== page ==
It’s Draft Day! Join us here to talk about all the picks, make fun of Jim Callis’s ever-increasingly-tiny eyeglasses, or just shout about your favorite draft prospects. A reminder on the dates and times for the draft, as well as how to watch, is here.
Don’t have a favorite draft prospect? Choose one real quick from this SB Nation mock draft.
Interested in who the Mariners might choose? John rounded up some mock draft projections from most of the major sites. We also as a staff named our pet choices for Round One, an exercise that surely will not result in heartbreak and recriminations. There’s plenty more draft coverage under the “MLB Draft” tag on the site, including overviews of draftable talent in the major conferences, a review of the Mariners’ past drafts, and a general overview of the depth in the system at each position.
We’ll be updating this post with the latest news and listing the Mariners’ picks here, in addition to providing you in-depth writeups on the newest Mariners in later posts.
Happy Draft Day!
4:10 PT: The Tigers took Auburn RHP Casey Mize first overall. No major surprises there.
4:17 PT: The Giants took Joey Bart, the big catcher from Georgia Tech. Most sites had him mocked to go here, as well. Can we speed this up a little, guys? Ten minutes per pick is downright NFL-ish.
4:24 PT: The Phillies select Alec Bohm, the 6’6” 3B from Wichita State. Shot up draft boards over the last few months. He also has a delightful flow.
4:31 PT: The White Sox take Nick Madrigal. Rob Manfred pronounces Oregon with an E at the end. I don’t know what I’m angrier about. (No, happy for Nick. Top five!)
4:39 PT: First semi-surprise of the day as the Reds take Florida 3B Jonathan India. The college bats are at a premium in this draft, and that’s being reflected in these early choices.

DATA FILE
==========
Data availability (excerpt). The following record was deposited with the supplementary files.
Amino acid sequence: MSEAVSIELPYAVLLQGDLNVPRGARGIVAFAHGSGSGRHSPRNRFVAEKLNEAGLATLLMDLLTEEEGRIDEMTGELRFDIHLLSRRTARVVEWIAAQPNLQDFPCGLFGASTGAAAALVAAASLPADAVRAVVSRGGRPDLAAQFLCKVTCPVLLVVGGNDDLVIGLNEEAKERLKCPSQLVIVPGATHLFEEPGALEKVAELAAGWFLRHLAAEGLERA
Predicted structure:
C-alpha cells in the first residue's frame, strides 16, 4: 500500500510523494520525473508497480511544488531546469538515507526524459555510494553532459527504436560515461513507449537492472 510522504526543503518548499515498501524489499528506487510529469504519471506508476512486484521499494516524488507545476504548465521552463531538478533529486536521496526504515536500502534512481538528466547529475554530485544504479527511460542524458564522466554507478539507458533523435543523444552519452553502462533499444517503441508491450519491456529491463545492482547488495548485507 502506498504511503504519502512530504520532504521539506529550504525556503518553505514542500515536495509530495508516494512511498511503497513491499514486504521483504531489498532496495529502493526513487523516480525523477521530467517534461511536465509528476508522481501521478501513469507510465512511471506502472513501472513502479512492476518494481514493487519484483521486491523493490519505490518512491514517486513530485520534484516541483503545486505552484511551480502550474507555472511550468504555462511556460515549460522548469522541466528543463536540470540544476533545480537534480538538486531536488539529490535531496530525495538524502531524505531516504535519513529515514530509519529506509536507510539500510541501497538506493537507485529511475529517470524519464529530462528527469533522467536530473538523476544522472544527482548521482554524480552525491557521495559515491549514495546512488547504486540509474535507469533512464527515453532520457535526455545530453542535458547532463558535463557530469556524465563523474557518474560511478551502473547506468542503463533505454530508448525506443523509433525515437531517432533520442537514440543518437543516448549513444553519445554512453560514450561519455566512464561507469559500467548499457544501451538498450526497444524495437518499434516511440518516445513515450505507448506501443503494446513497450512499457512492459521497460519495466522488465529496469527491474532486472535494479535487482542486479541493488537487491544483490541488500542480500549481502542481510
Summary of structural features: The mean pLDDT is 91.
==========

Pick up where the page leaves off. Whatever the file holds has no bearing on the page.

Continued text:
4:45 PT: Surprise ahoy! The Mets take Jarred Kelenic sixth overall. I am bummed, not only because I wanted him for the Mariners, but also because...look, please just don’t ruin him, Mets.
4:50 PT: The Padres select Ryan Weathers, the first HS arm off the board. Surprised they didn’t take Matthew Liberatore, but maybe the Padres really love MLB bloodlines.
4:56 PT: Atlanta sent Braves fan Luke Terry, one-armed catcher from Tennessee, to announce their pick: Carter Stewart, spin-rate wizard, and now we have two high school pitchers off the board...neither of them named Matthew Liberatore.
5:04 PT: SPEED THIS UP ALREADY SHEESH. Anyway the A’s, represented by Rollie Fingers and his magnificent mustache, select two-sport athlete Kyler Murray from Oklahoma, one of the more interesting players in the draft and also Harold Reynolds’s #1 overall selection in the draft. Try not to hold that against him, though.
5:09 PT: The Pirates do not select an arm at #10, and instead select South Alabama OF Travis Swaggerty, continuing the run on college bats. Swaggerty was a popular early pick for the Mariners but climbed up draft boards over a strong junior season.
5:17 PT: The Orioles go back to the HS ranks and take RHP Grayson Rodriguez, a big-bodied hard-thrower from Texas.
5:22 PT: Just two away from where the Mariners pick, the Blue Jays go with Jordan Groshans, a HS 3B from Texas. So. Many. Arms. Still. On. The. Board.
5:26 PT: The Marlins select Connor Scott, a HS OF with plus-plus speed. The Mariners are up next!
5:30 PT: The Mariners select RHP Logan Gilbert from Stetson University. Ben has been high on Gilbert all along so he’s currently writing up the blurb, but you can get a little preview here.
The next picks:
#15: The Rangers take HS RHP Cole Winn. Some places had Winn climbing into the top ten, as he had some serious buzz over the past month or so, with the Braves supposedly in on him.
#16: One of my favorite HS arms in the draft, Matthew Liberatore slid all the way here because of signability concerns. The Rays have a ton of money, so he makes sense for them here.
#17: The least fun team in baseball continues to draft the most fun players as the Angels take HS OF Jordyn Adams. Adams has a commitment to UNC to play wide receiver and is also the author of a vicious viral dunk, so like last year’s first-round pick for the Angels Jo Adell, he’s an elite athlete. He’ll cost the Angels a pretty penny to sign, which will limit them in later rounds.
#18: Brady Singer finally comes off the board for the Royals. I have no idea what caused him to slide this far, but Kansas City must be in transports of delight right now.